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Baltimore lacks cash for New Year’s fireworks

Kicking off 2012 in Baltimore this year may lack some spark.

Officials at the city’s Office of Promotion & the Arts say there is not enough money to produce the Baltimore’s New Year’s Eve Spectacular entertainment and fireworks display at the Inner Harbor, which attracts 100,000 viewers and revelers.

“We have known since the spring that we needed sponsors,” said Bill Gilmore, executive director of the nonprofit. “But we have had little luck getting people to commit.”

The group has raised $27,500 toward the new year’s firework’s effort — well short of the minimum $75,000 to $100,000 needed to “blow the door off” with colorful pyrotechnics needed to help ring in the new year, Gilmore said.

Until Wednesday, the group had raised just $17,500 for the fireworks show.

A $10,000 pledge was made Wednesday by the owners of the luxury 190-unit Ritz Carlton Residences on the waterfront in Federal Hill. The other major donor is General Growth Properties Inc., owner of Harborplace and The Gallery, which has pledged $15,000 for the show, Gilmore said.

The city does not pay for the fireworks displays, Gilmore said, but provides police, fire and transportation for the events.

Mayor Stephanie Rawlings-Blake did not respond to a request for comment.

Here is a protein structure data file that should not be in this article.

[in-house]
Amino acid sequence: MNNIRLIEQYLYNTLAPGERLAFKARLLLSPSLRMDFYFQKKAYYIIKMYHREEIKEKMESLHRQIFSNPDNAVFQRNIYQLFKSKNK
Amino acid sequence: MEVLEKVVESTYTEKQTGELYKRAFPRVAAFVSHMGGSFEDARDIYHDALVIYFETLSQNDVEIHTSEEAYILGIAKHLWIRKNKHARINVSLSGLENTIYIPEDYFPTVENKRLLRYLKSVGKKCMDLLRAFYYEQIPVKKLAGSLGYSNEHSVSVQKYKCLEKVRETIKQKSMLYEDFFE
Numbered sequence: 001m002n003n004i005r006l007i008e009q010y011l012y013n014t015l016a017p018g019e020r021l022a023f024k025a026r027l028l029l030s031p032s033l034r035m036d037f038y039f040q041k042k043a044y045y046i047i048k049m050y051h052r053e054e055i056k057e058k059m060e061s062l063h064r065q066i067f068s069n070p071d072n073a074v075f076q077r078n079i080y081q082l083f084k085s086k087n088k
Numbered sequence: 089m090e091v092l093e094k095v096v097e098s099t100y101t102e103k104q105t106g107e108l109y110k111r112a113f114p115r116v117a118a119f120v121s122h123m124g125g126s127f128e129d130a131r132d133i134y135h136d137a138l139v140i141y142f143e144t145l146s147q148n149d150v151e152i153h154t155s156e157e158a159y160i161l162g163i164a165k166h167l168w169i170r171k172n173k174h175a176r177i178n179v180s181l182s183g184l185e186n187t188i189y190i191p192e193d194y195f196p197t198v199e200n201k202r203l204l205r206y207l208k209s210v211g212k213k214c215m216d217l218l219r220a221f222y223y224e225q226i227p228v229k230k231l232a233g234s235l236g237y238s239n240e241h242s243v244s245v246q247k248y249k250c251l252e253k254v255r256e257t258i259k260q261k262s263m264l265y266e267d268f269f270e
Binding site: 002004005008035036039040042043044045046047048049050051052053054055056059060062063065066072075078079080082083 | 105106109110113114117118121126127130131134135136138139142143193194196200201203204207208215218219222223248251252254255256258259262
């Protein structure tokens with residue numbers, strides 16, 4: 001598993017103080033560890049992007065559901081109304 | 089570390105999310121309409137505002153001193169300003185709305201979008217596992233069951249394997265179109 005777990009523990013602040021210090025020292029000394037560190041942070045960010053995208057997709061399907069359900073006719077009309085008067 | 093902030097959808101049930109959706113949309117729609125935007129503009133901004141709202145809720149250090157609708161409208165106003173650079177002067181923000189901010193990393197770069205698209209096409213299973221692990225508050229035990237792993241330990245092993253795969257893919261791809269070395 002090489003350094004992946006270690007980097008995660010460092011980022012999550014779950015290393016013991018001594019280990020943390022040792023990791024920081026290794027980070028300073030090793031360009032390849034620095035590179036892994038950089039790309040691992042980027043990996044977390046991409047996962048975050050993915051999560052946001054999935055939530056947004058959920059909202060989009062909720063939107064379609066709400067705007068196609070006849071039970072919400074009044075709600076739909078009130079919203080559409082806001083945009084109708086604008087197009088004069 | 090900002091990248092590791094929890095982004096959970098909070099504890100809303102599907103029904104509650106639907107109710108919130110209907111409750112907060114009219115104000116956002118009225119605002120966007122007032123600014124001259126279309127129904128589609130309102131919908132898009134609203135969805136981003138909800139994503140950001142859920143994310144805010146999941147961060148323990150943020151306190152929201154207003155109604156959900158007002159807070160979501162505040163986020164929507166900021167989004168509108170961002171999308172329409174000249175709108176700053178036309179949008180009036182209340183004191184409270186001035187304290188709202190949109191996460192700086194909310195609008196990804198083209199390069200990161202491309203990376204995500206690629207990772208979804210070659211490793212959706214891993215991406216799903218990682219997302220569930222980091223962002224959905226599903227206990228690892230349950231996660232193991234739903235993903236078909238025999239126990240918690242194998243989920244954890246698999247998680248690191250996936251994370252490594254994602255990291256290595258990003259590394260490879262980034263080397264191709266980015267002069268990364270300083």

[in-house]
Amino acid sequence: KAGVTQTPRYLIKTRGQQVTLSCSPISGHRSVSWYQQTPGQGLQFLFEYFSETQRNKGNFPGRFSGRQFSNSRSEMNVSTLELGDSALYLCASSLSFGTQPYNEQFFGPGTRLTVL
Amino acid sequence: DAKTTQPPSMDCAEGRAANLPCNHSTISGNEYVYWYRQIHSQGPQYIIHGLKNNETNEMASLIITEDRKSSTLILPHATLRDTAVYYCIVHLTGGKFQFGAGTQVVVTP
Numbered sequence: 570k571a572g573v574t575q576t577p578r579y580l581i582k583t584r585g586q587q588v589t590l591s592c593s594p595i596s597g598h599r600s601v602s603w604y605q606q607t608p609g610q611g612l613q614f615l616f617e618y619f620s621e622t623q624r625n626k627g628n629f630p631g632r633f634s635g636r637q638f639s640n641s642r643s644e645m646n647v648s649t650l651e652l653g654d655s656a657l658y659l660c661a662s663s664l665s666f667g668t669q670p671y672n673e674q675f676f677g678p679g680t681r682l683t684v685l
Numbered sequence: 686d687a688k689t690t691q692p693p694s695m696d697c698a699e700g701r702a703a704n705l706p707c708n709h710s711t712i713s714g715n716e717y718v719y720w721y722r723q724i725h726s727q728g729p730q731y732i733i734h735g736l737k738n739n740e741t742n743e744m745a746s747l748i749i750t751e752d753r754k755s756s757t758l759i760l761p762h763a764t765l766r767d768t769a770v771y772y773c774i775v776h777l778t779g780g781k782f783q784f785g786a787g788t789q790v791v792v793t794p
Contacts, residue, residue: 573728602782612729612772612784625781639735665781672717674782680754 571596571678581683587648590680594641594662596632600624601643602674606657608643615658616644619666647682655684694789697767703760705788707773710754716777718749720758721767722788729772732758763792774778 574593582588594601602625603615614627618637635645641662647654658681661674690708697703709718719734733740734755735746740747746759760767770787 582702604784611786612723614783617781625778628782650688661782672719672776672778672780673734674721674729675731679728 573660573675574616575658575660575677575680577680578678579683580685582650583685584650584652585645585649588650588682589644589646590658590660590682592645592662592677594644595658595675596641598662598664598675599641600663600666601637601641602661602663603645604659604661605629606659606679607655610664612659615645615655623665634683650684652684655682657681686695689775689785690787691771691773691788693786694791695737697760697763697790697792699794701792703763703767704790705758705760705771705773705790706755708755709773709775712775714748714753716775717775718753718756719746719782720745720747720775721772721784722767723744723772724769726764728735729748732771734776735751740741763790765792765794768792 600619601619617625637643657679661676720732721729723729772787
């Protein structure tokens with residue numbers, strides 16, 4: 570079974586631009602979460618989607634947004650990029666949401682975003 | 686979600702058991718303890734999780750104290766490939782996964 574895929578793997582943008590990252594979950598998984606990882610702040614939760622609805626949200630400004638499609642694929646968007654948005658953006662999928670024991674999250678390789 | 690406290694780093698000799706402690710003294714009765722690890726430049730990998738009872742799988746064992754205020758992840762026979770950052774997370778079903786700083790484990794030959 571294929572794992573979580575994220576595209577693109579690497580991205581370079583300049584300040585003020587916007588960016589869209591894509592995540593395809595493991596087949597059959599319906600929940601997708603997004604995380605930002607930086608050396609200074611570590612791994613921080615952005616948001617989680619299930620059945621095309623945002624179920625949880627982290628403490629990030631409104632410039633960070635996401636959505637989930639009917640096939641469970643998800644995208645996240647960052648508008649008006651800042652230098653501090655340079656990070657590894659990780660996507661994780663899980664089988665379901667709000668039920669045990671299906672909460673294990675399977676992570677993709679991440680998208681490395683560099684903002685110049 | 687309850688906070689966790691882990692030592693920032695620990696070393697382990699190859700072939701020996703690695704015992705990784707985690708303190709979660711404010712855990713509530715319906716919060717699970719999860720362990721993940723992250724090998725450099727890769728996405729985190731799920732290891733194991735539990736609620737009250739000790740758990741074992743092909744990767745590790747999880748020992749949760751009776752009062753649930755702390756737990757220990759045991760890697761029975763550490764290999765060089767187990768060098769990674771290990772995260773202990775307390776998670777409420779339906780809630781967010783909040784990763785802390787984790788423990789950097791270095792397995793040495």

For the past three years, Ports America Chesapeake has underwritten the fireworks displays at the Inner Harbor on New Year’s Eve and the Fourth of July. This spring, the company announced it would only subsidize the summer show, leaving a need for new sponsors for the New Year’s Eve extravaganza, Gilmore said.

But finding new backers has been difficult, with potential sponsors blaming the recession and economic hardships.

“Businesses have told us it is not a good time for them to donate,” Gilmore said. “You have to have a special company to commit that amount of money for a 20-minute show.”

The fireworks are shot off from two barges anchored in the harbor. The Office of Promotion & the Arts also hires tug boats to help stabilize the barges.

Gilmore, on vacation in Hawaii, said Wednesday he was confident more donations would be forthcoming for the New Year’s fireworks. The group had set a Nov. 11 deadline for the contributions.

Baltimore’s New Year’s Eve Spectacular has potential for a $6.9 million economic impact for the city, a 2009 study by Forward Analytics found.

Joseph Graziose, senior vice president with RXR Realty, developer of the Ritz residences, pledged the funds Wednesday morning and issued a challenge to other businesses and property owners along the city’s waterfront to do the same.

“When I heard the city was having problems finding the money to do the New Year’s Eve fireworks spectacular, I wanted to help,” Graziose said. “Hopefully, other businesses along the harbor will join together to keep this Baltimore tradition alive for the thousands of Baltimoreans and the residents of the Ritz-Carlton Residences who enjoy this New Year’s tradition each year.”